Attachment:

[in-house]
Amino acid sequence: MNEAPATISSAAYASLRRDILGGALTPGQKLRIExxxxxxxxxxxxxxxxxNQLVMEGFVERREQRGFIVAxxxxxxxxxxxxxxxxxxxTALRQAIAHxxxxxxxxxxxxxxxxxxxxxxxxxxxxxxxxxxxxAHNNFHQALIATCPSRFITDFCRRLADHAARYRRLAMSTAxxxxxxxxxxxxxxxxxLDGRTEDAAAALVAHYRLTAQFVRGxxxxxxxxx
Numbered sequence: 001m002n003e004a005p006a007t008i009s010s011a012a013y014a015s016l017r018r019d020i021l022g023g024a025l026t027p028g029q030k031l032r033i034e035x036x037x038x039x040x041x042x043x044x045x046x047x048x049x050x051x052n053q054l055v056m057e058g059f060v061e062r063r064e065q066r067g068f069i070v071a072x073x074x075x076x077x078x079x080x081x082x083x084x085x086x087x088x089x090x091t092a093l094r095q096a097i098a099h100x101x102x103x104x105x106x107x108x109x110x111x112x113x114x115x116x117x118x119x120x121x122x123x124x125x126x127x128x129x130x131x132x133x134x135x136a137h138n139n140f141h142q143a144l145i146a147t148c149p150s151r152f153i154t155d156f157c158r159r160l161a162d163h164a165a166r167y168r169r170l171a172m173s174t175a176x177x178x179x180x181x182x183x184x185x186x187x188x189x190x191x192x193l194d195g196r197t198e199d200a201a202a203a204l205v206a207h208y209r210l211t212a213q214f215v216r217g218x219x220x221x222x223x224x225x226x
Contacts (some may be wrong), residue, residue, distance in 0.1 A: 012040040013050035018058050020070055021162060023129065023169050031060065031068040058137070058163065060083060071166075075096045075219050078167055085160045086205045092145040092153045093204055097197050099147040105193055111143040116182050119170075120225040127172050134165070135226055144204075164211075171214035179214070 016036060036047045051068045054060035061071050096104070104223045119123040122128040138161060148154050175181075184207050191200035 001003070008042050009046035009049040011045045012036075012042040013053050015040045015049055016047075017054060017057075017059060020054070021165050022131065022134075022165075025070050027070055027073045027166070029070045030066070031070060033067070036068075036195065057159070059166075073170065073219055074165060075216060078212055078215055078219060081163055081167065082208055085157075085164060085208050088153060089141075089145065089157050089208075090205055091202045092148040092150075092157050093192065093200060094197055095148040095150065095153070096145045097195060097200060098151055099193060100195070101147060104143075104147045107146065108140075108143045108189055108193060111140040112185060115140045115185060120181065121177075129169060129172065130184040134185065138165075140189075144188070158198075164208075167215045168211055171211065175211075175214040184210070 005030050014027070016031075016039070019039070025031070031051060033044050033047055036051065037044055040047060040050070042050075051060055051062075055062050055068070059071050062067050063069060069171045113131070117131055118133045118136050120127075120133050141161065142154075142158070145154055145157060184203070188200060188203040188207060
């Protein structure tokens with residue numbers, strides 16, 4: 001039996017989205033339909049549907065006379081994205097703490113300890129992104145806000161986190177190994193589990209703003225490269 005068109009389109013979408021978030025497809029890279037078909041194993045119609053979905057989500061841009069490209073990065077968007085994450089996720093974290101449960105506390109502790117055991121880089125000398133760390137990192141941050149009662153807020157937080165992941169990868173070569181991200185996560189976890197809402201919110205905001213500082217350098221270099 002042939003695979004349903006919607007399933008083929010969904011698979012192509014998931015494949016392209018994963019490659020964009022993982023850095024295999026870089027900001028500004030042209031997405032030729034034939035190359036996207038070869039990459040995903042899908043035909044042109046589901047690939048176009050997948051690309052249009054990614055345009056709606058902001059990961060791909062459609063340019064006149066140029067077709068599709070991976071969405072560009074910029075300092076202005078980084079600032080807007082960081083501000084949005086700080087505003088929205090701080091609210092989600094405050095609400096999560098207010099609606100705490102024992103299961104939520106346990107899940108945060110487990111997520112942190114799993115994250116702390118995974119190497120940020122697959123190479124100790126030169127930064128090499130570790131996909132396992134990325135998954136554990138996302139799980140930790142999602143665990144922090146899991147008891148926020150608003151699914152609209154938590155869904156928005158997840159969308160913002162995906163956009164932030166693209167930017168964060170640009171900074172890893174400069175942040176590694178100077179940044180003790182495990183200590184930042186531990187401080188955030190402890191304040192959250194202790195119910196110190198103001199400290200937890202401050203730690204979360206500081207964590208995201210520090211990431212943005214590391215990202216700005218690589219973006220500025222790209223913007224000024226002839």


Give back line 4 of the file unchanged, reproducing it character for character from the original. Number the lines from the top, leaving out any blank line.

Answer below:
Contacts (some may be wrong), residue, residue, distance in 0.1 A: 012040040013050035018058050020070055021162060023129065023169050031060065031068040058137070058163065060083060071166075075096045075219050078167055085160045086205045092145040092153045093204055097197050099147040105193055111143040116182050119170075120225040127172050134165070135226055144204075164211075171214035179214070 016036060036047045051068045054060035061071050096104070104223045119123040122128040138161060148154050175181075184207050191200035 001003070008042050009046035009049040011045045012036075012042040013053050015040045015049055016047075017054060017057075017059060020054070021165050022131065022134075022165075025070050027070055027073045027166070029070045030066070031070060033067070036068075036195065057159070059166075073170065073219055074165060075216060078212055078215055078219060081163055081167065082208055085157075085164060085208050088153060089141075089145065089157050089208075090205055091202045092148040092150075092157050093192065093200060094197055095148040095150065095153070096145045097195060097200060098151055099193060100195070101147060104143075104147045107146065108140075108143045108189055108193060111140040112185060115140045115185060120181065121177075129169060129172065130184040134185065138165075140189075144188070158198075164208075167215045168211055171211065175211075175214040184210070 005030050014027070016031075016039070019039070025031070031051060033044050033047055036051065037044055040047060040050070042050075051060055051062075055062050055068070059071050062067050063069060069171045113131070117131055118133045118136050120127075120133050141161065142154075142158070145154055145157060184203070188200060188203040188207060